The process of applying for disability benefits through the Department of Veterans Affairs (also known as the VA) can be long and complicated at the best of times, but it can become much harder if you make a serious mistake on your application. That is why you should take a few basic steps to give yourself the best odds of succeeding at obtaining your benefits. Here are five tips to increase your chances of getting VA disability benefits:
The Department of Veterans Affairs (also known as the VA) has released a new guidebook for what it refers to as its “whole health system approach” to Long COVID. This guidebook is meant to help the growing number of veterans who struggle with the effects of this disease, also known as “long haulers,” including helping physicians to diagnose victims and determine appropriate treatment. The VA hopes that the practices and standards laid out in the guidebook will help other physicians around the country who are figuring out how to help people struggling with the aftereffects of COVID-19.
The Social Security Administration (SSA) has announced that it is adding twelve new conditions to the list of Compassionate Allowances. This will allow people with these specific disabilities to more easily obtain Social Security disability benefits, such as Social Security Disability Insurance (SSDI) or Supplemental Security Income (SSI). This, in turn, will help them to cover their expenses while they are dealing with the effects of their medical conditions.
The process of applying for disability benefits through the Department of Veterans Affairs (VA) can be long and difficult, which makes it all the worse if you get denied. Fortunately, there are a few common mistakes you can watch for to make sure your application has the best chance of getting approved. Here are five of the biggest reasons that applications for VA benefits get denied:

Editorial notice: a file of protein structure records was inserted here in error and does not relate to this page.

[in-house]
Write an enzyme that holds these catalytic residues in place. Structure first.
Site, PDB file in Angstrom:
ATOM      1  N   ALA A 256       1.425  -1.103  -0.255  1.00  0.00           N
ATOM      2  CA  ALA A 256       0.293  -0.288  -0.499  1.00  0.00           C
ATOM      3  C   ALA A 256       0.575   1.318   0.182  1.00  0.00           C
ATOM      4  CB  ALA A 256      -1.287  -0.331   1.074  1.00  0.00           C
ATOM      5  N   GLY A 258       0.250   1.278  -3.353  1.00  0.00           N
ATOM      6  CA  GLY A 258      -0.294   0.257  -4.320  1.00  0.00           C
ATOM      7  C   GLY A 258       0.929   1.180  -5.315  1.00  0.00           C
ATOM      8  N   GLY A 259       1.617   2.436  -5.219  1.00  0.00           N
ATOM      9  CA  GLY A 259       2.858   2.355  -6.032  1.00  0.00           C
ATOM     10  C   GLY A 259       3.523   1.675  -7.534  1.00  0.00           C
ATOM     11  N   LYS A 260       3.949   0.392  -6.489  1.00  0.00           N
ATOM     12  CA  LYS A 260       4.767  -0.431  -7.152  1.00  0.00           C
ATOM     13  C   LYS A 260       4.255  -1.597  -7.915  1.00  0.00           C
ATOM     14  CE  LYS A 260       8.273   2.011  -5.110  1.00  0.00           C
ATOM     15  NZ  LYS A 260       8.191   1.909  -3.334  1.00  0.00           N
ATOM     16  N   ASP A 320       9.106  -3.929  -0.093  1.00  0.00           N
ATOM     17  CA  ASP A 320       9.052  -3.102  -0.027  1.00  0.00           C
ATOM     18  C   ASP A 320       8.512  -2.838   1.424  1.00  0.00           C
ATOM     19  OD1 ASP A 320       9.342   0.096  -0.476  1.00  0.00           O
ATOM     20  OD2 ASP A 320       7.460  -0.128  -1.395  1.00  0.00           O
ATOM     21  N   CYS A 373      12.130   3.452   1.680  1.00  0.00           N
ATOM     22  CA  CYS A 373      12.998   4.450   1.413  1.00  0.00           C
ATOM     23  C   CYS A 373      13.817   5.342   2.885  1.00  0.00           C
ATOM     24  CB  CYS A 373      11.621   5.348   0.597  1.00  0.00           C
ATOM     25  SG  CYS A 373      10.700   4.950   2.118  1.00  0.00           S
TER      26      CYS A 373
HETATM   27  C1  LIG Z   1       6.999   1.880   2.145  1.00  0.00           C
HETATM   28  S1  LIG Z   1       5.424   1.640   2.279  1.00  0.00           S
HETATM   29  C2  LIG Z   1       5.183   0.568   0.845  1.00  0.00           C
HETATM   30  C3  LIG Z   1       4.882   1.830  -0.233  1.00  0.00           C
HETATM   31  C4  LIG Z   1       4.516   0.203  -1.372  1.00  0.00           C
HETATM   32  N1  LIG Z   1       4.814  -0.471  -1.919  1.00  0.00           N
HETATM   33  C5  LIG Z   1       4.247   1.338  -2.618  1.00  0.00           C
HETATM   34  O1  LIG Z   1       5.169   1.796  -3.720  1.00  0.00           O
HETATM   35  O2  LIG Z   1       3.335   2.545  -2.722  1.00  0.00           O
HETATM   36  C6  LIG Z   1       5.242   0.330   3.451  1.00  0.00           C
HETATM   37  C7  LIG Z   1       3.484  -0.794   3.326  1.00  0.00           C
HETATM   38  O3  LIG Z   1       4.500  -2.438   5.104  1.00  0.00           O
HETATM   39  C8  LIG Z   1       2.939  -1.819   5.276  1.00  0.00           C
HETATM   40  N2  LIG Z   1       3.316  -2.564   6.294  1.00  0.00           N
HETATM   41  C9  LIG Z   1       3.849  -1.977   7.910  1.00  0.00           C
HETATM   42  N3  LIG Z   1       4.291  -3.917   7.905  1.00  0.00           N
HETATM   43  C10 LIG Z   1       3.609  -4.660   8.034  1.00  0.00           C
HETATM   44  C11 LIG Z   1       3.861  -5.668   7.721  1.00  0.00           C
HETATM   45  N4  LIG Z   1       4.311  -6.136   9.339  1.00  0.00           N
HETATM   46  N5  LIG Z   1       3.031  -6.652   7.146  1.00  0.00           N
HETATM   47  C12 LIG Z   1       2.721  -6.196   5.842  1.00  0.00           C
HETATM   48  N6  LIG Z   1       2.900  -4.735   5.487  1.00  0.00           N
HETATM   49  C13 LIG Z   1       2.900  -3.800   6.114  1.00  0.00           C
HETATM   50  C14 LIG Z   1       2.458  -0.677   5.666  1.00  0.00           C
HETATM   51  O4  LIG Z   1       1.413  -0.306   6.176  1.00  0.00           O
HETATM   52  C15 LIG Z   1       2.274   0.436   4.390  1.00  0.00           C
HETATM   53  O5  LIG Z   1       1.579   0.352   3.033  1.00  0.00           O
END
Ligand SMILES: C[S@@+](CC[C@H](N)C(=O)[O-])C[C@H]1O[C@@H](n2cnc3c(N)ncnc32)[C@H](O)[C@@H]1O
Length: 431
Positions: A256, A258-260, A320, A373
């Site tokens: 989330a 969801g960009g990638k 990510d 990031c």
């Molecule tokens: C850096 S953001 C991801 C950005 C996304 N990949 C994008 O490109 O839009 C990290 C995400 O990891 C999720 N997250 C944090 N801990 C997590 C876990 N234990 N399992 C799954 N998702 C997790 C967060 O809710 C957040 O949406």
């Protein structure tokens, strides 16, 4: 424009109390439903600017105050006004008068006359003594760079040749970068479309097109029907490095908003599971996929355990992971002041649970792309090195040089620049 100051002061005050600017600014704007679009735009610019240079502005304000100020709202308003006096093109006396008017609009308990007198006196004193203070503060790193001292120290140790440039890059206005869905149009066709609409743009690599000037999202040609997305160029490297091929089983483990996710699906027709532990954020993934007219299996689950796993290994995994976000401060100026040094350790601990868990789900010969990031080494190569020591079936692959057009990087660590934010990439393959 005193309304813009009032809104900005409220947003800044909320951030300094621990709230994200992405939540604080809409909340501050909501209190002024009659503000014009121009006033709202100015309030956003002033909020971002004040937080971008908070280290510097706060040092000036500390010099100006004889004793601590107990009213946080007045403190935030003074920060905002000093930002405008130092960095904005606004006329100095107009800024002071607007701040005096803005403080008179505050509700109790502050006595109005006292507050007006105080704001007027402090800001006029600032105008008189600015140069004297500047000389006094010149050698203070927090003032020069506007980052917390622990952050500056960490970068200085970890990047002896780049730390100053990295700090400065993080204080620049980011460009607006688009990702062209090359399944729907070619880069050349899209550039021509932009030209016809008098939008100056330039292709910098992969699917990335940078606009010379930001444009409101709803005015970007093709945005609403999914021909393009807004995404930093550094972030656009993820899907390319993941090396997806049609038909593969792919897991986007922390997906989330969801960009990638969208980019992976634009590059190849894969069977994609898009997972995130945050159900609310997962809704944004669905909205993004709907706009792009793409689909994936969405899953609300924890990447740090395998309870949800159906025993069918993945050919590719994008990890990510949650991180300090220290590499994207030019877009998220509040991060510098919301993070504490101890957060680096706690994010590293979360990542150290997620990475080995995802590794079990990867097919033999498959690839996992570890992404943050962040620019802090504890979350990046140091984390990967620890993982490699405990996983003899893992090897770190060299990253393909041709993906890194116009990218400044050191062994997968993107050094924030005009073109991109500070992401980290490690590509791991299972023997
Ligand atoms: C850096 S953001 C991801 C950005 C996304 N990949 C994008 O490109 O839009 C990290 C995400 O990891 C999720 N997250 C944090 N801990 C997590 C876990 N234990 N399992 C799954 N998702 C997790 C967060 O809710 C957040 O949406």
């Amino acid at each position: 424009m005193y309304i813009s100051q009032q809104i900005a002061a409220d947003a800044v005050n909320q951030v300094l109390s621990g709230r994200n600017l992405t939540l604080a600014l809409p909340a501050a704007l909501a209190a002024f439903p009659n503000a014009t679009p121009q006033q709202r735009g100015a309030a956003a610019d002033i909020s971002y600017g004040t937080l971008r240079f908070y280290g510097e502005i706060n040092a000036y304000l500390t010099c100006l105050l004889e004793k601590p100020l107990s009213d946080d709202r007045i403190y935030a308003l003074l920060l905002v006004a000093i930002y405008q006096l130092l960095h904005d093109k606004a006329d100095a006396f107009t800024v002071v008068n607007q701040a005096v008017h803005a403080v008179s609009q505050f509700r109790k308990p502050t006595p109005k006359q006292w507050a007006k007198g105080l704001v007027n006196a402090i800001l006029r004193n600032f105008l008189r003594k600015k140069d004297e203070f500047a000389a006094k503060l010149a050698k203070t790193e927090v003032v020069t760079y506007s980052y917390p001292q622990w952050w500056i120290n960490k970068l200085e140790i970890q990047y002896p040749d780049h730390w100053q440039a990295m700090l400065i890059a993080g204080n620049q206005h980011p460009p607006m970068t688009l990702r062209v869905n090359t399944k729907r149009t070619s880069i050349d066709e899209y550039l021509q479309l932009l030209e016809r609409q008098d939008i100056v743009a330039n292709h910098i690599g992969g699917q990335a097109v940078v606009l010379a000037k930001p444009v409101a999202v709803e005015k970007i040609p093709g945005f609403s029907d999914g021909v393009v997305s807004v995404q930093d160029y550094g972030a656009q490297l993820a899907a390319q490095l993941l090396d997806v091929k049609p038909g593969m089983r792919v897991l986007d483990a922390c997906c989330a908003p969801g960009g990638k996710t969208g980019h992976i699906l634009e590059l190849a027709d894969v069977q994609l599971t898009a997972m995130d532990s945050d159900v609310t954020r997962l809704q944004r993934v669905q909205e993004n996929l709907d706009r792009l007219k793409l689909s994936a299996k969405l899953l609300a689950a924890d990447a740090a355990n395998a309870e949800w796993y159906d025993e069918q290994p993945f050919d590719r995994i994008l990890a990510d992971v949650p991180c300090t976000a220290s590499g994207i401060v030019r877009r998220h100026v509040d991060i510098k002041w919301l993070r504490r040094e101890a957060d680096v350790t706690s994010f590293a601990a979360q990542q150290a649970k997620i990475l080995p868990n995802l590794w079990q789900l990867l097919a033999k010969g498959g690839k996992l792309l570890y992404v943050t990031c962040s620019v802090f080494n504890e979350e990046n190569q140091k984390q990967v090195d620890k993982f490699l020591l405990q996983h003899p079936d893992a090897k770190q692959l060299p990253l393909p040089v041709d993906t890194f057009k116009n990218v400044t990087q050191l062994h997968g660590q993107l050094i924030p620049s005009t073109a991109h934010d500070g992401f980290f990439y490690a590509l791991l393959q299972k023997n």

Before you can obtain either Social Security Disability Insurance (SSDI) or Supplemental Security Income (SSI) benefits, you will need to be evaluated by Disability Determination Services (DDS). This office is a critical part of the process, but many people do not understand what they are or what role they serve. So what is DDS, and why are they so important to applying for Social Security disability benefits?
Every year, about two million people apply for Social Security disability benefits, including Social Security Disability Insurance (SSDI). However, more than half of these applications are denied, many of them never even getting as far as an interview. Here are five of the biggest reasons why people have their SSDI application denied:
One of the most important questions in any application for veterans’ disability benefits is whether the applicant has a service-related disability. No matter how bad someone’s disability is, if it is not considered to be service-related, they will not qualify for disability benefits through the Department of Veterans’ Affairs (VA). But what exactly does it mean for a disability to be service-related, and how do you know if you qualify?
The Department of Veterans’ Affairs (also known as the VA) has added three new diseases to its list of presumptive disabilities based on the risk of toxic exposure. These three new diseases, which includes asthma, rhinitis and sinusitis, will now receive special treatment under the law, making it easier for veterans to apply for disability benefits based on those conditions. This will, in turn, reduce the difficulty that many veterans have had in seeking disability benefits from the VA.
While the coronavirus has not completely disappeared, a growing vaccination rate has led doctors and other medical experts to start looking at the aftereffects of the pandemic. Of particular concern is the phenomenon known as “long COVID,” which afflicts a startling number of victims of the virus. For disability advocates, this population of COVID-19 sufferers may prove to be the longest lasting legacy of the coronavirus pandemic, potentially leading to years or decades of care for affected individuals. Continue reading ““Long COVID” Becomes Growing Focus for Disability Advocates”
When most people think of applying for Social Security Disability Insurance (SSDI) or Supplemental Security Income (SSI), they tend to think of adults who become unable to work due to illness or injury. However, a substantial number of SSI recipients are not adults, but rather children with medical conditions that cause severe impairment. Here is what you need to know about getting SSI for children with disabilities: Continue reading “Obtaining SSI Benefits for Children With Disabilities”